Thursday, January 31, 2013

Thursday Thoughts...

Art enables us to find ourselves and lose ourselves at the same time. 

 Thomas Merton

I am sure I have quoted Merton before, and I'm pretty sure I haven't used this quote before but it's been tricky to keep track away from home and with no power for days before I left.

This speaks to me as he so often does.  When I think about both the in and the out of art - it is possible to both find myself and lose myself within it.

I find myself when I go deep inside and find things of mine or my thoughts that need expressing - and the art lets me tell that story or get it out somehow. Inelegantly expressed I'm sorry. The process of making or creating is a means by which I discover and express truths about myself. I think I find a part of me through art.

Yet the opposite holds true as well. In the process of making or creating I very often lose myself, or at least my left-brain thinking, analysing and observing self.  I often feel as if I have been lost in my art as if I have gone many many miles away, and then I'm back.

It's quite a beautiful and accurate conundrum...

This is a part of a practice page I did with Massimo Pollelo at his workshop in Sydney. It is done with balsa wood as a pen and walnut ink. The intensity of focus as I tried to compress the letters and keep the strokes right meant I really was lost in myself as I did it; and I think the loose gaps feel a little bit like I found myself...

Tuesday, January 29, 2013

A fortunate wife

Apologies for the quietness from this end - we have been inundated with rain and high winds as ex-tropical cyclone Oswald makes its way down the east coast of Australia.  We had no power for 2 1/2 days which is difficult for food in fridges and freezers, and because we are rural folk no power to our pumps which give us water for washing, boiling and flushing.  So after our extended camping episode, I am now in Sydney for a few days where the sun is shining and the toilets flush all by themselves. Barry is still on the mountain with power returned but no phone or internet connection and v flaky  mobile coverage.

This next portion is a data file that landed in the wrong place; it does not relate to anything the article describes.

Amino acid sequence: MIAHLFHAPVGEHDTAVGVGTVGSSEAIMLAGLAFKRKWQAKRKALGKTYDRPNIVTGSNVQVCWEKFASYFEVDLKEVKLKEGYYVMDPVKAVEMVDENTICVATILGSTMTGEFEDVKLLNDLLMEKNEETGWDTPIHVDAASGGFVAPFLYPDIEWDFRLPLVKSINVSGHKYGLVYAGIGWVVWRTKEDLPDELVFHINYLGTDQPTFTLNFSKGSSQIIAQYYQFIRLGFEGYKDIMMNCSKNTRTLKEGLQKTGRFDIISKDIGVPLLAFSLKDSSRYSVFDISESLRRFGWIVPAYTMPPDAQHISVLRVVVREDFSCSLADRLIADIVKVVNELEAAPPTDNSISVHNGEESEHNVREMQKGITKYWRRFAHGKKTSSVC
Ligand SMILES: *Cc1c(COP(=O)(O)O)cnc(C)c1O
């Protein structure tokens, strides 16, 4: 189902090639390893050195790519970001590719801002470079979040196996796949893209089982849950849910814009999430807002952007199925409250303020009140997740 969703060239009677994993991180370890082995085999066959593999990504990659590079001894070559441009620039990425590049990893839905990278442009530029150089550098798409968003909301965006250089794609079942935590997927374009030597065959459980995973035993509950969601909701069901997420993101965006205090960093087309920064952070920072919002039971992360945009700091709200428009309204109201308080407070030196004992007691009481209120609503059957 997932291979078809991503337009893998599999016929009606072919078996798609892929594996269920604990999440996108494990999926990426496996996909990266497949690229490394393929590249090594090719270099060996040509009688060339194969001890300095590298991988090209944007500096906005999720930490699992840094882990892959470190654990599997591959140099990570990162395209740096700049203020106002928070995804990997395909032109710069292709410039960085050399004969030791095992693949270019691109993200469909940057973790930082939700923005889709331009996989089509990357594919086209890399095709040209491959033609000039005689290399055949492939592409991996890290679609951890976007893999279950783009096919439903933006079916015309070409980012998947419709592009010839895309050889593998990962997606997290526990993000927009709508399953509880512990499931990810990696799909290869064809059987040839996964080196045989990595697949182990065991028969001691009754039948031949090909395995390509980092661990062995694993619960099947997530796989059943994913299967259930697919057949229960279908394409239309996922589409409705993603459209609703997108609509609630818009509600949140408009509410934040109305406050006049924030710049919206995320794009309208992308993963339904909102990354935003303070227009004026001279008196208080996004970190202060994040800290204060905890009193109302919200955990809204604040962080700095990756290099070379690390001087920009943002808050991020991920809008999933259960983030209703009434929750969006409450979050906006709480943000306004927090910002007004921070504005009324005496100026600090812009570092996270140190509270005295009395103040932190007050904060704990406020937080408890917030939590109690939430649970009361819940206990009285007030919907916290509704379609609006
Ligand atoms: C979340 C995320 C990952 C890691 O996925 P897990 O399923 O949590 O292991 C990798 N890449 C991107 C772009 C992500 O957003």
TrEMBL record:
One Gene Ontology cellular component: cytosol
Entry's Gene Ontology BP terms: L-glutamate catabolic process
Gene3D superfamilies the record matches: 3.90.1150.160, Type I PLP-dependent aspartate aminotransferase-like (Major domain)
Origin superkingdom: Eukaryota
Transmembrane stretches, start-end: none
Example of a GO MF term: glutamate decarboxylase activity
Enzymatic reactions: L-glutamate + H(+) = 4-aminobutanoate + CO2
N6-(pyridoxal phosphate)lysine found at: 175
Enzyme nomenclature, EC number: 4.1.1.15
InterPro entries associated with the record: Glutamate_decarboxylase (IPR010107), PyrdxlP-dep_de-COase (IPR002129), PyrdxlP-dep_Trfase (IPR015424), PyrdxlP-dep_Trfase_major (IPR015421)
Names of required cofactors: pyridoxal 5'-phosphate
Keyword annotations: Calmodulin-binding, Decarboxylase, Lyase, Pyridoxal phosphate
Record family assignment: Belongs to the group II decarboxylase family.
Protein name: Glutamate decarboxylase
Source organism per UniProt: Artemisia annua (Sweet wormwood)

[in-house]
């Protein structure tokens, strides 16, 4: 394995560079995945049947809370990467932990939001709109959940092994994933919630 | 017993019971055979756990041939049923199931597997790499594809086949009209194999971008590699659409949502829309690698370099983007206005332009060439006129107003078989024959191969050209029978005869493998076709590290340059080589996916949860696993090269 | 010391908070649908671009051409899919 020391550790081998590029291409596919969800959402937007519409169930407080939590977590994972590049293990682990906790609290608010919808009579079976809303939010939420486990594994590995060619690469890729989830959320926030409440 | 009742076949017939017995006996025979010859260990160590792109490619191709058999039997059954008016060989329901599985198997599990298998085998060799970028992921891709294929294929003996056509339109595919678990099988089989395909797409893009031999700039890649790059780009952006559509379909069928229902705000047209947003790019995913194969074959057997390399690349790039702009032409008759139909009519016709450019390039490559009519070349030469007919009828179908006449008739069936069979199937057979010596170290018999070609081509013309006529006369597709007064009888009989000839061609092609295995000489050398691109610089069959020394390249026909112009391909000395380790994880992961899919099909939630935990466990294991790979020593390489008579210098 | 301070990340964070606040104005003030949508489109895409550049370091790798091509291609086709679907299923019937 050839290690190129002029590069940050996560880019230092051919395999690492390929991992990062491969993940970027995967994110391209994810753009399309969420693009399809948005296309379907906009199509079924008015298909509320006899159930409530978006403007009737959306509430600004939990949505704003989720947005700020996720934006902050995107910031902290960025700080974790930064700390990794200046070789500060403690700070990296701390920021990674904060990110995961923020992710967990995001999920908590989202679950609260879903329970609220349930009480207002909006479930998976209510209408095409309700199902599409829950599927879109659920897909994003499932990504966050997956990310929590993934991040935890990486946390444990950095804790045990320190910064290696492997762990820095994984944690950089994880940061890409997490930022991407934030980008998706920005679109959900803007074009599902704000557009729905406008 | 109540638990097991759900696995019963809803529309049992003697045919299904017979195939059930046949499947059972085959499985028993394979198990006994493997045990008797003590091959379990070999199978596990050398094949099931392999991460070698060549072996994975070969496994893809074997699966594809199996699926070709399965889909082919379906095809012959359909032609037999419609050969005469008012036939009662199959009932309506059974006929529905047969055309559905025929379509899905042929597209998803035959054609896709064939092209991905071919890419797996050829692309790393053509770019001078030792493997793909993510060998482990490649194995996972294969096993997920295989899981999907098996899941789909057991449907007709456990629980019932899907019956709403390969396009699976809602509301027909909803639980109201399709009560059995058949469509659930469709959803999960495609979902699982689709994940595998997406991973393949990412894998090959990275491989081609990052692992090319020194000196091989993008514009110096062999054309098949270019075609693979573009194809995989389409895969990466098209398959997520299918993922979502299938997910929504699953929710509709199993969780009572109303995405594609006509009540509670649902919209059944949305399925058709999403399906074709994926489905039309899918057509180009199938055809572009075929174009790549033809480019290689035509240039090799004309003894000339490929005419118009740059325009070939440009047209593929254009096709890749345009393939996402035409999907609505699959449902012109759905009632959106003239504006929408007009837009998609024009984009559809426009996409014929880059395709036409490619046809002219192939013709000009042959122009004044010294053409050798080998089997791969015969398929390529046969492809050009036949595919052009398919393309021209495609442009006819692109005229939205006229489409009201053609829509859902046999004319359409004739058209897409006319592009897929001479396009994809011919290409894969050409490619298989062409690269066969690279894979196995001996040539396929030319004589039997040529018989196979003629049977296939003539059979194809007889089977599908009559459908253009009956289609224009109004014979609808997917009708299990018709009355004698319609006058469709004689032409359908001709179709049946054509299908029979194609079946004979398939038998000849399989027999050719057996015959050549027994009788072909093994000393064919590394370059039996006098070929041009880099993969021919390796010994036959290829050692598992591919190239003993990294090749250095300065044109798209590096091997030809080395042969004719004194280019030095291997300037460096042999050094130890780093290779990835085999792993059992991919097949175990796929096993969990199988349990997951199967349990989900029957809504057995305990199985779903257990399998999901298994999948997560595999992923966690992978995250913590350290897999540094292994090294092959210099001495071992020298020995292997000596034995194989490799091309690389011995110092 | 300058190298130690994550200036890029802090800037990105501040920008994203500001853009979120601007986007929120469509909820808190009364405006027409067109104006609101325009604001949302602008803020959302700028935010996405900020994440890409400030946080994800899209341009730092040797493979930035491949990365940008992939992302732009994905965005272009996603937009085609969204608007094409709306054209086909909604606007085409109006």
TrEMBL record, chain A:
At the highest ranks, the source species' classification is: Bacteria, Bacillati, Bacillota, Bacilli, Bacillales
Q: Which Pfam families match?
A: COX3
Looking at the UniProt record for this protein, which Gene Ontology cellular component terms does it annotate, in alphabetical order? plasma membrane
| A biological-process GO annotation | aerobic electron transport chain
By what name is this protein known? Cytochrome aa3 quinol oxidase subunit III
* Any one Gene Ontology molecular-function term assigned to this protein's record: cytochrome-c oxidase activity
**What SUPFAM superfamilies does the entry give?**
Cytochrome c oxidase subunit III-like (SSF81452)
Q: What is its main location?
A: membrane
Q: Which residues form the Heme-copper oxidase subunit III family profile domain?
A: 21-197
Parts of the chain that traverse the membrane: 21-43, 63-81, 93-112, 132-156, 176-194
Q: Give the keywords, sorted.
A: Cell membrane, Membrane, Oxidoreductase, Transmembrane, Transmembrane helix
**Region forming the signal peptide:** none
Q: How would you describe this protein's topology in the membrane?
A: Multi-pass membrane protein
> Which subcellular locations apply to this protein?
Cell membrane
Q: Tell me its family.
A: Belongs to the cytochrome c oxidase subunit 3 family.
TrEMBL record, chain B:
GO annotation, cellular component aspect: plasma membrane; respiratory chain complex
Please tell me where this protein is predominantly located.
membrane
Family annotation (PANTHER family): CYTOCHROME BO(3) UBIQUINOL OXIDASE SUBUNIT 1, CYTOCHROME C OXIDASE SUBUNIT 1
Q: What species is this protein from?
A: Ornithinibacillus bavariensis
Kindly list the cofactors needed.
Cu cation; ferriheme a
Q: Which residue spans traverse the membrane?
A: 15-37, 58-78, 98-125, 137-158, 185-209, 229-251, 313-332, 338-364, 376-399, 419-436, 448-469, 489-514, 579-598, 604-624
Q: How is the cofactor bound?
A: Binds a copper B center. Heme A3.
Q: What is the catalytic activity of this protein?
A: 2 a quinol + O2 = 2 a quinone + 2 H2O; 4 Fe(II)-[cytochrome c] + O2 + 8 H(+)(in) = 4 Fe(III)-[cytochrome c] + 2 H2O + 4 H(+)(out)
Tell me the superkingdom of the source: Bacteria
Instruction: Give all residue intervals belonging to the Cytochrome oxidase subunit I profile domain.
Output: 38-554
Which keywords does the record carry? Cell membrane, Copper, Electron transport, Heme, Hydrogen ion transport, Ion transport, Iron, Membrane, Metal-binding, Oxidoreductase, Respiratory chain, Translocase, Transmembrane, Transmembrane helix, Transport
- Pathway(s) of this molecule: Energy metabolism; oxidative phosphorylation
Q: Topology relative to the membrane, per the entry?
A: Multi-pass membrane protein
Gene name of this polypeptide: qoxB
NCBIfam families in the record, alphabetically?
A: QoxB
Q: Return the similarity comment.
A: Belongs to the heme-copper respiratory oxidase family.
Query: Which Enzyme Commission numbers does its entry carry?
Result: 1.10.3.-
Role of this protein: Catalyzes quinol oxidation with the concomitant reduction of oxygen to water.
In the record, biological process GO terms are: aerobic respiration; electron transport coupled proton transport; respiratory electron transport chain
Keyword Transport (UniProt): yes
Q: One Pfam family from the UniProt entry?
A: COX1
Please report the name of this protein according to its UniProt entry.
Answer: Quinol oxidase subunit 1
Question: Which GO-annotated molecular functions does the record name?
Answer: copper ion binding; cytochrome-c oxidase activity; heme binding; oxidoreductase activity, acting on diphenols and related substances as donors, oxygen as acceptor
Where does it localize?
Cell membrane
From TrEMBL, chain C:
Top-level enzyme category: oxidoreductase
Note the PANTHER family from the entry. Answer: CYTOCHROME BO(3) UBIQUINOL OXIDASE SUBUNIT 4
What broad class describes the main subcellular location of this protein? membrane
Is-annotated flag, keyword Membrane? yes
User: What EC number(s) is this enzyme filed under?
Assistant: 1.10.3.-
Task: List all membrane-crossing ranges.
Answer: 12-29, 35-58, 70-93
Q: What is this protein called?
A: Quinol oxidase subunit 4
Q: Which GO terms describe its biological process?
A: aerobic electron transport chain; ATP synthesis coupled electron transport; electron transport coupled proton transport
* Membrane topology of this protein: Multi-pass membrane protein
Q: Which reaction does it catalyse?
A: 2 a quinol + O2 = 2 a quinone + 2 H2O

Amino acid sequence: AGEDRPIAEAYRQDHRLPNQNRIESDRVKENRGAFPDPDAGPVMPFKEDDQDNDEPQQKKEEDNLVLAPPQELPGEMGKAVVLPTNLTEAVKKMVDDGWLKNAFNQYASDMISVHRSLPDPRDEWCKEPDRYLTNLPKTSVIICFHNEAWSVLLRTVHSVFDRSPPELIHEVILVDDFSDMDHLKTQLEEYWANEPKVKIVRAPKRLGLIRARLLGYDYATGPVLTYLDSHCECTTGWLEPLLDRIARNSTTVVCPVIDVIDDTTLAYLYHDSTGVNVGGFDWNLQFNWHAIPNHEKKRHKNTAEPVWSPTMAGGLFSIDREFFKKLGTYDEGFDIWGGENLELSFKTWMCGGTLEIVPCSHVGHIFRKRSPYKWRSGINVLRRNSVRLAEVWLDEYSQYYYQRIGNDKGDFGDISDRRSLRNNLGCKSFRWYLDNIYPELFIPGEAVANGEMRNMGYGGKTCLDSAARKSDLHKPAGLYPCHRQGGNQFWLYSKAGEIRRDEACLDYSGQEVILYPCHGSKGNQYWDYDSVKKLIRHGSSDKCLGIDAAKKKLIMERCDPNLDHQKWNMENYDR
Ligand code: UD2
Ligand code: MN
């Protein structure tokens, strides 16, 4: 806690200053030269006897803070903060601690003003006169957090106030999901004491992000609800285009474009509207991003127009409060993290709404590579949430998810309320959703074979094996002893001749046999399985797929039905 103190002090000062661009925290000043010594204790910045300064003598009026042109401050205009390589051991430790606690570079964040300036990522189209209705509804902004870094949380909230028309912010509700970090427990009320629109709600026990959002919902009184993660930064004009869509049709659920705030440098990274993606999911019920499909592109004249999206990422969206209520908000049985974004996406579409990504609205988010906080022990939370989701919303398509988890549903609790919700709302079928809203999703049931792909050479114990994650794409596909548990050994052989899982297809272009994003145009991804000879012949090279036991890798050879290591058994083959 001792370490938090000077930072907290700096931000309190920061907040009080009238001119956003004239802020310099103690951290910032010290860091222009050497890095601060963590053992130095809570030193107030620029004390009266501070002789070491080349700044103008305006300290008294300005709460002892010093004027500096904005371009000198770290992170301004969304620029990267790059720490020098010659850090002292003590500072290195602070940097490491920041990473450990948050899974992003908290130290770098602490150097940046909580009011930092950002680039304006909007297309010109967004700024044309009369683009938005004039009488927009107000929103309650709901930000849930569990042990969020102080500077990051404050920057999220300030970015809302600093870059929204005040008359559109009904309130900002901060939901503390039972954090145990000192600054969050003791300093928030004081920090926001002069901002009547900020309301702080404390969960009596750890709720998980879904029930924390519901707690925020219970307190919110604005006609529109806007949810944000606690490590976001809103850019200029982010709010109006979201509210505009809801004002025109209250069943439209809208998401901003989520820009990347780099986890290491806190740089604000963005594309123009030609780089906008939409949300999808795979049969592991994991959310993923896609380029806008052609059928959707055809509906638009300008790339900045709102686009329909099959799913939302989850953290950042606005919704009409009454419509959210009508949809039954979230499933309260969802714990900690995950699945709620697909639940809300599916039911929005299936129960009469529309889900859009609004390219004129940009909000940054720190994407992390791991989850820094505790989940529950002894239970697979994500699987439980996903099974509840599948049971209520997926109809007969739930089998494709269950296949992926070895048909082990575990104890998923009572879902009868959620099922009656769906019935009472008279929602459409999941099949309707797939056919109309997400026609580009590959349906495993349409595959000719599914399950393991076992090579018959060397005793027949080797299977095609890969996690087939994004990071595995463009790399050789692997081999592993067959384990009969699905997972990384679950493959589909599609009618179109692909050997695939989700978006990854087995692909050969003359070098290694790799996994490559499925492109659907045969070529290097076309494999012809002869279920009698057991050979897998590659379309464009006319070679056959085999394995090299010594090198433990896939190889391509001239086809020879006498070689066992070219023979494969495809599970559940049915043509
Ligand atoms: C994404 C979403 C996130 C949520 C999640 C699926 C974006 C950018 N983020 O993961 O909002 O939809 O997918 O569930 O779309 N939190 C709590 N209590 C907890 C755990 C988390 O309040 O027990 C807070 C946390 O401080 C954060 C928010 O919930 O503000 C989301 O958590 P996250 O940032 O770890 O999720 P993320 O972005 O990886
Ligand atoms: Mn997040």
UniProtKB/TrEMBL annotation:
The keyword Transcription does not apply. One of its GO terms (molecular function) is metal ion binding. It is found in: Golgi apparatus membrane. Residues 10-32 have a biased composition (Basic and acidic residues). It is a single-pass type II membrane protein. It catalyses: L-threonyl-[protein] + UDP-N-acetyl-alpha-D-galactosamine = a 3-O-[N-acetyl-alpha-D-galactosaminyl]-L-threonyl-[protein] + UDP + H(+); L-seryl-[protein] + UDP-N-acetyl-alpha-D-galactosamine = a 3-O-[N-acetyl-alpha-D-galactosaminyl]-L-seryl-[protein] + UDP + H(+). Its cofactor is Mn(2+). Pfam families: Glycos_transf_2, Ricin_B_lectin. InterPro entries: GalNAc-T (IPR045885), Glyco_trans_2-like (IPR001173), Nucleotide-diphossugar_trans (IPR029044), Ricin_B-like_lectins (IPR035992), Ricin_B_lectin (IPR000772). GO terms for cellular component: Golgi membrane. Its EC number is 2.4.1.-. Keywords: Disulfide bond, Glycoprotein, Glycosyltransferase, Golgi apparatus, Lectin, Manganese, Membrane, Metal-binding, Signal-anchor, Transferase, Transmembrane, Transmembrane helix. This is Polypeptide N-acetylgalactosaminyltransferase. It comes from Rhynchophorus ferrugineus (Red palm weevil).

But I'll turn my back on natural disasters to say that it is a very nice thing to be married to a man who makes jewellery. I was just looking around as I cleaned up my bedroom table last week and realised how many lovely things he has made me.

Barry has had a fabulous run at things in the past little while, and I have been the lucky recipient of some of his prototypes and special pieces.  In return, I thought it was only fair to do a bit of cross-promotion and let folk know that he has a heap of new work in his shop...

These are the first of my Barry earrings - I love the patina on the metal, the different colours of the metal and the rivets. These rate very highly on my list of favourite things, and I carried them to Sydney with me.

Before Christmas Barry made several sets of slim copper earrings for a young friend to select from. She was going to a formal and wanted to look beautiful and elegant.  After she had made her choice, I asked if I could keep these truly simple and elegant ones for myself. Lucky me.

These earrings came about by accident, but reflect the curly bark we often see along our morning walk. I loved them a first sight, especially the way the edges are tinged with the underlying copper. They too accompanied me down south.

The latest and true piece de resistance is this peace-book necklace.  Barry made this one with me in mind; it is book-like and carries one of my favourite quotes within it - Peace is every step.  I love wearing this and carrying its message with me.

Again, it was packed for the trip and i love it. All of his work is made with re-cycled metal and sterling silver posts.

Thursday, January 24, 2013

Thursday Thoughts...

“Books are the plane, and the train, and the road. They are the destination, and the journey. They are home.” 

Anna Quindlen

I think I should probably try to follow up some of Anna's books - they seem to touch on some interesting topics.

As Barry and I reflect that one year ago we were in New York for our first visit, and all the wonderful things that happened there; including catching up with new friends who feel like old friends, (Jennifer, Gabrielle and Brian and Mary Jane) my mind turns to trains, planes and automobiles. And books.